Transmissions: Where We Cross
By Gwendolyn Ann Smith
Originally printed 8/28/3014 (Issue 2235 - Between The Lines News)
A few months back I found myself speaking at a Transgender Day of Remembrance event in Northern California. As the event was breaking up and folks started to head for their cars, a member of the local Sisters of Perpetual Indulgence came up to me. He - as he was male identified - was nearly my height, with a mustache and goatee, wearing the traditional makeup, habit, and wimple one might expect from a sister.
We had a lovely discussion, but one thing stuck with me and has been gestating deep in my brain now for nearly a year. We discussed awareness of transgender people within the larger LGBT community, specifically amongst gay males - and he discussed his own ignorance of transgender people. Not that they exist, mind, but more a "101" or who we are, why we are, and how our issues fit into the LGBT community as a whole.
Over the last year, too, we've seen some bitter, painful discussions about drag, about, "trans-exclusive radical feminists," and about the word "tranny." These same discussions continue, and frankly show little chance of slowing down.
I think a lot of this is born out of some of that same ignorance, though I also know a lot of it veers into deep-seated prejudices and hatred. Frankly, a lot of folks won't listen to any discussion on transgender people - let alone leave a conversation with some food for thought. This column won't change their minds in the slightest.
Yet I know there are some out there who may indeed wish to understand transgender people a little better, and may want to grasp just how transgender people fit into the larger community. They may even be willing to listen to a couple of the ways we differ. For those who wish to learn, I dedicate this particular column.
Transgender people - by and large - do not entirely feel comfortable in the gender they were assigned at birth, and may seek to transcend that gender in a number of ways. Some may opt to present in a way more closely associated with a gender other than that birth gender, some may opt to carve their own gender identity outside of the expected binary, and others still might choose to live their life without a "typical" gender identity. Any of these people might identify as transgender - which serves as an umbrella term - while others may opt for other terms they feel better fits their gender identity or expression. For some, that term might change over time, as their feelings grow.
A number of transgender people might simply adopt the clothing of another gender. Some might even adopt a name that is "traditionally" of a gender different from that assigned at their birth. Some may take hormones to masculine or feminize or masculinize their appearance. Some may opt for various forms of surgery to enlarge or reduce bust lines, to change their facial appearance, or to alter their genitals to match their gender identity. Not all feel such a need.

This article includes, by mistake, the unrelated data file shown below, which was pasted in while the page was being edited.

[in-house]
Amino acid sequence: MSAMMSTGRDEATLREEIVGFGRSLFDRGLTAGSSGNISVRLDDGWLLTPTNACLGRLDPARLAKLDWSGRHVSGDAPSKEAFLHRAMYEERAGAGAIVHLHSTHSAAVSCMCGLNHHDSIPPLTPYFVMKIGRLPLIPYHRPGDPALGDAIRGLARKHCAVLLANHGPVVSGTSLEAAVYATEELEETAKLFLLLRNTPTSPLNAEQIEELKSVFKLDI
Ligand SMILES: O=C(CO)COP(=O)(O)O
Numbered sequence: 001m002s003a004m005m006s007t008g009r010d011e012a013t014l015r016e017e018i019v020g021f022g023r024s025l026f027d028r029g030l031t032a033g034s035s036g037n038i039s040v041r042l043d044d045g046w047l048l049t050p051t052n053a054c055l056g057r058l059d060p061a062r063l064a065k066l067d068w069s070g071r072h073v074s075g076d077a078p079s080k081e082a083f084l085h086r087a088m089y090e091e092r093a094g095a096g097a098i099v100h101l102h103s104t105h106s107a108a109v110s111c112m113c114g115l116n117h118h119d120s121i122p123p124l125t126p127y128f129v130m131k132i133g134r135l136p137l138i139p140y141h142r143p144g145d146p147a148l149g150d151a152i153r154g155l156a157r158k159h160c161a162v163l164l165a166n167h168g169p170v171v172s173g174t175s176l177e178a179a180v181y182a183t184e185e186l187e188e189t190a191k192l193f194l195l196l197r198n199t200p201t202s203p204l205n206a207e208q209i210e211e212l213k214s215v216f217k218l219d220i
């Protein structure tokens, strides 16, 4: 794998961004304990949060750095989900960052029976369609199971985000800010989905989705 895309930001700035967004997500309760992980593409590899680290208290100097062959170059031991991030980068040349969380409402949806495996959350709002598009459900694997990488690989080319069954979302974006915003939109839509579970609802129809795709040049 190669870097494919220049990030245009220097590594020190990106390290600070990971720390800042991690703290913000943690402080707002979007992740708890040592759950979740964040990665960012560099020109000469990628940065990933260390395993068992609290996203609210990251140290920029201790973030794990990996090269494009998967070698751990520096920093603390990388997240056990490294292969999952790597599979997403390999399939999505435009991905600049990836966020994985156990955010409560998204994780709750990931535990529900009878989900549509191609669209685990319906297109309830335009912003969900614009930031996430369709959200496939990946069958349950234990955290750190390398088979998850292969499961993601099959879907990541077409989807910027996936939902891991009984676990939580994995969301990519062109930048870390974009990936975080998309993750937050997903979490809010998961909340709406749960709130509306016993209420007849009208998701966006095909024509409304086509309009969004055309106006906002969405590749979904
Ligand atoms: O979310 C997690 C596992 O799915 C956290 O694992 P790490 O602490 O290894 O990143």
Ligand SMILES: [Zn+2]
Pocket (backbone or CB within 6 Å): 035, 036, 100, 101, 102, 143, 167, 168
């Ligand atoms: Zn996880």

For most, changes to their gender identity are hard won. Many lose their families and friends over this. For some, marriages are dissolved. We risk our jobs, our livelihoods, and even the most basics of necessities over our gender identity.
Some who are transgender may identify as lesbians, or gay men, or bisexuals, or even straight. Who we're attracted to does not necessarily have a lot to do with our gender identity. That said, we can be affected by homo- and biphobia, even if we happen to be straight-identified. This is one of those places where we all intersect.
I identify as bisexual. When I am with my spouse, we might be read as two lesbians. Or some who opt to ignore my transition might read me as a gay male. My spouse might also be read as a male from time to time as well. Any of these could lead to homophobia being directed at either of us.
Indeed, when I am seen as transgender, it is far more likely that I will be called an anti-gay epithet than that I will be catcalled with some trans specific term.
The same holds true for many of my friends who are no transgender identified, but may be gay or lesbian. While they too might be called some anti-gay term, the reason for such may not be so much because they are with a same-sex partner, but because their gender identity is not seen as being rigidly make or female.
Look at the stereotypes that gay and lesbian people have faced over the decades. Gay males as limp-wristed hairdressers and speak with lisps and wear flamboyant, feminine attire, or "mannish" lesbians who sport crew cuts and wear denim and jeans while riding their motorcycles. These have very little to do with who one opts to sleep with, but have everything to do with expected gender norms.
This is one of the big places we cross over: we all have a stake in the fight for gender rights, and we all seek to gain.
As I mentioned before, there are places where we are divided. While many transgender people come up via the drag community, there are also huge divisions right now between some who perform in drag and others who are trans identified. There are some in the lesbian community who have decided that breaking down gender norms for themselves means also reinforcing them for transgender people.
Make no mistake, though: now is not the time to let ignorance reign, not while so many others would seek to keep us all down. We can, and we should stand in kinship.Gwen Smith identifies as a blue spruce. You can find her at http://www.gwensmith.com
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As an openly gay man, Fred Hoffman said, "I really didn't know if there would be an issue." And while he wasn't waving rainbow flags when he was recruited by Chrysler in 1988, he was told being gay wasn't a problem.View More Automotive
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